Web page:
PR:Thousand kilogrammes of uranium in soluble form on the terrain - A massive risk to health and the environment
Press Release Nov-27-2012 / Stop Talvivaara
Thousand kilogrammes of uranium in soluble form on the terrain
A massive risk to health and the environment
Even the visible state of the land around the mine reveals the extent of the disaster at Talvivaara. At least 100 hectares (approx 250 acres) of marshland, streams, lakes and ponds have been polluted by the discharges of waste waters containing uranium and heavy metals. Through heavy application of lime up to a thousand kilogrammes of liquid uranium has accumulated as sediment in the grounds and vegetation of the area.
Activists and journalists outside the mining area, where heavy applications of lime have been used to absorb heavy metals from the discharge of the leak.
Considering the extent of environmental damage it is incomprehensible and extremely disturbing that, according to information available to the public,
- Talvivaara and the local ELY Centre seem intent to leave approx one thousand kilogrammes of uranium and up to 10 tonnes of heavy metals and aluminium in the terrain.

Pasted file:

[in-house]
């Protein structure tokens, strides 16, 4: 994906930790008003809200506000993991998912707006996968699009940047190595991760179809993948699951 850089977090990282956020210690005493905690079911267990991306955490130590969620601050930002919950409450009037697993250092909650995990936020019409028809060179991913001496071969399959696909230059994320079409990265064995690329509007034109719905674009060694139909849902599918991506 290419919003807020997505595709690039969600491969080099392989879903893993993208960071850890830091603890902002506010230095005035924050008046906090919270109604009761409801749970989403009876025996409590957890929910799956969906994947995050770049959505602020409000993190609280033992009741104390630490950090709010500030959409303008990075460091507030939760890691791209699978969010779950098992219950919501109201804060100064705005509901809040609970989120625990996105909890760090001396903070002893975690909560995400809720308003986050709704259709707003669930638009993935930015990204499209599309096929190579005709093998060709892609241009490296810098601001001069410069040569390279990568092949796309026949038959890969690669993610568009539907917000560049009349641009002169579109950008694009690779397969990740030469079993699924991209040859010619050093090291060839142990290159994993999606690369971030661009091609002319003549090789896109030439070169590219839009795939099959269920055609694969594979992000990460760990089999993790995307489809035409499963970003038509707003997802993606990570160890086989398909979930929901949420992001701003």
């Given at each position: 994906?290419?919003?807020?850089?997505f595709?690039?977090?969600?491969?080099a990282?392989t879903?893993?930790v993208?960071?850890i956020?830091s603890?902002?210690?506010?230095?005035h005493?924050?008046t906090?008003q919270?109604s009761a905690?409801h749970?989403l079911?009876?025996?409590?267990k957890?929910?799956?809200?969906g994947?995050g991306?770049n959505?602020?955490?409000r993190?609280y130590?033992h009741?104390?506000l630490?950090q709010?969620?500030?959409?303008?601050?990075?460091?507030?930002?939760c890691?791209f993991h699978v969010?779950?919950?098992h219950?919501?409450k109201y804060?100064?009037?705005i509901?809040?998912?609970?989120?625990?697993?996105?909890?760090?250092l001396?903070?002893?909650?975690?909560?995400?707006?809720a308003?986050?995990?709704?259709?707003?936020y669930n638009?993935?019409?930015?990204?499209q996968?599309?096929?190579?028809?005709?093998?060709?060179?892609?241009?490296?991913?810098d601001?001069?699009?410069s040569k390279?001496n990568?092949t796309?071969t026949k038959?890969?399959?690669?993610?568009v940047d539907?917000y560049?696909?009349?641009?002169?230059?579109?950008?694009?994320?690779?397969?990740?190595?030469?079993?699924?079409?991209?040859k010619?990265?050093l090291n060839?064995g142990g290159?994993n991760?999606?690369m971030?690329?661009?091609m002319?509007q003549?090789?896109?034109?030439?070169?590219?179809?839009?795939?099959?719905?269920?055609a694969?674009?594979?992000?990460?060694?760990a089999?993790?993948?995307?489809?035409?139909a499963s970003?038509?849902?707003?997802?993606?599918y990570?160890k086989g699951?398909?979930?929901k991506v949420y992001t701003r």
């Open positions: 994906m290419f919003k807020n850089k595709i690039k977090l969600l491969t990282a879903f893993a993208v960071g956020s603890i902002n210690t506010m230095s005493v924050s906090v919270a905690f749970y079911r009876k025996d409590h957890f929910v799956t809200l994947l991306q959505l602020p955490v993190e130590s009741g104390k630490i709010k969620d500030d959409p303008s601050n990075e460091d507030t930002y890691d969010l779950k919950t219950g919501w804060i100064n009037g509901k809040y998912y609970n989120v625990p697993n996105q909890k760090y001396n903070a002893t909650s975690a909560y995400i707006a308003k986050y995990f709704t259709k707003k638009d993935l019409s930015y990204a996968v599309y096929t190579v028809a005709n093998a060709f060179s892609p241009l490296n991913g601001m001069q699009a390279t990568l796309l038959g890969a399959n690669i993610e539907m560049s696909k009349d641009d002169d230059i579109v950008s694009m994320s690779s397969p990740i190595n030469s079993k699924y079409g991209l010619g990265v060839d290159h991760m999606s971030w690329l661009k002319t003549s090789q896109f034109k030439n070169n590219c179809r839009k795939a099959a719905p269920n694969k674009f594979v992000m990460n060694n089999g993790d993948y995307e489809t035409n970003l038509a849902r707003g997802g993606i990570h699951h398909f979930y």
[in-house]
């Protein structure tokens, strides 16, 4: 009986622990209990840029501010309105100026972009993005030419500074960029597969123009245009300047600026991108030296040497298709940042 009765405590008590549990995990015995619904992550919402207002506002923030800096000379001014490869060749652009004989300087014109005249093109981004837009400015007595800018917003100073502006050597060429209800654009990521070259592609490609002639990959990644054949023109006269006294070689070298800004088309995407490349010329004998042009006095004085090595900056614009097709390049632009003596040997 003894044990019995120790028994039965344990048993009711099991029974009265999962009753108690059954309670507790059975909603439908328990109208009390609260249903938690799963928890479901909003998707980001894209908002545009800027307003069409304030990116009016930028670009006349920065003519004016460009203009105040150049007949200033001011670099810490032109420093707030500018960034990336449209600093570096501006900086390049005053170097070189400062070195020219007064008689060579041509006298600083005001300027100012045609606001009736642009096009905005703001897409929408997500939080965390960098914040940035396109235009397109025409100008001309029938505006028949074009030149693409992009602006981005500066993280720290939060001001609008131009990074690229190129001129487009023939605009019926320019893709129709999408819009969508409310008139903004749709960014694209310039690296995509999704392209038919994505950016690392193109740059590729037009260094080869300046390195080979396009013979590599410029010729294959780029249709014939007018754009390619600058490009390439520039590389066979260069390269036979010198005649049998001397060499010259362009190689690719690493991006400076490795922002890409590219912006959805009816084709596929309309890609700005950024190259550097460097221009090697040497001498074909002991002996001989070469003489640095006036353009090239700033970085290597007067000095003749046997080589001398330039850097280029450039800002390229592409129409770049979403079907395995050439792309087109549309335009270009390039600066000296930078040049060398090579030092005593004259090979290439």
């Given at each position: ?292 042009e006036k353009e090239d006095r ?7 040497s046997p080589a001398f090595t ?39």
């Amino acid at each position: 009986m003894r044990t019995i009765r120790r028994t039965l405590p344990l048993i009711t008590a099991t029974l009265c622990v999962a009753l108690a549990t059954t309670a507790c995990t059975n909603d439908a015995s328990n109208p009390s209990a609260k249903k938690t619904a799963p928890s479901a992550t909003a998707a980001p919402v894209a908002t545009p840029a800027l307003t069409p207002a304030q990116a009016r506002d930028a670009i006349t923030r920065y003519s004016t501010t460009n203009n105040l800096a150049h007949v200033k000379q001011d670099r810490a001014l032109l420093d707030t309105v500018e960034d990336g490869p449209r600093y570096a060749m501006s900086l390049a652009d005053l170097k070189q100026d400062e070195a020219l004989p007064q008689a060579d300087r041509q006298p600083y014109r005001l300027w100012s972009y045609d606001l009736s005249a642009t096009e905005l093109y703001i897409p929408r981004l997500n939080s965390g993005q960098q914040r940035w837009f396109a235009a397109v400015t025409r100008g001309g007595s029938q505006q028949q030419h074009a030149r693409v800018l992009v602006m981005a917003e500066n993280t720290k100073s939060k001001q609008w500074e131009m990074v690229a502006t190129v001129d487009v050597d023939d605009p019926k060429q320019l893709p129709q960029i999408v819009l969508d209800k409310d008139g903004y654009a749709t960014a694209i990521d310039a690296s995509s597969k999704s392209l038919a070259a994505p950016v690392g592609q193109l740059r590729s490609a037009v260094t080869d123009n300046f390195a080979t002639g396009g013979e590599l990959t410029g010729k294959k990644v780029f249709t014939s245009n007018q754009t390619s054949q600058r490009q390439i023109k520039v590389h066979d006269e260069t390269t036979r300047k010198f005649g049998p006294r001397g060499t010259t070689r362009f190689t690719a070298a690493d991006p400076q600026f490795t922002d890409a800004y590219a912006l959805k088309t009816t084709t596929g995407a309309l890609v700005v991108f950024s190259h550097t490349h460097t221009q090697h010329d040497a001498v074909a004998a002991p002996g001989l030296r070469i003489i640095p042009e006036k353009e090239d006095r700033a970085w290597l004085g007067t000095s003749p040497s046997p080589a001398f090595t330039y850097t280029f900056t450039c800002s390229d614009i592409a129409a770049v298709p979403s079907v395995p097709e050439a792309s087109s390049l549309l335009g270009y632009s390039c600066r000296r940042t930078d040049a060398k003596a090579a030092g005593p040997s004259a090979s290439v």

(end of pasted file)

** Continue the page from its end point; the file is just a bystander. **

- Talvivaara has been commissioned to evaluate the pollution.
The operations of the ELY Centre (Centre for Economic Development, Transport and The Environment) and Talvivaara have been a series of fatal mistakes which are continuing in the after-care of the catastrophe. Neither operator has the capacity to assess chemical pollution. It is assumed that, because of their commercial interests, both parties once again act in ways that endanger the environment and the health of their employees.
The Radiation and Nuclear Safety Authority (STUK) should examine the waste, which is very likely to constitute a radiation danger and which, according to their own measurement, contains approx one ton of uranium. The Finnish Safety and Chemicals Authority (TUKES), again, is responsible for monitoring the effects of breathing harmful dust to occupational health.
The uranium and the heavy metals such as nickel are about to enter the Vuoksi water system, where they could contaminate 1,000 million cubic metres of water over the level of environmental danger.
How is it possible that, two weeks after the leak, Talvivaara and the local ELY Centre are still trying to decide whether they should do something about it, i.e. cleanse the uranium and heavy metals from the marshland. And this at the same time as the discharge of waste substances continue to run into the waterways?
People's Movement for the Lakes and Rivers
Contact for media:
- Virpi Virolainen, +358 40 8317733, firstname.lastname@example.org
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Nuclear Heritage Network
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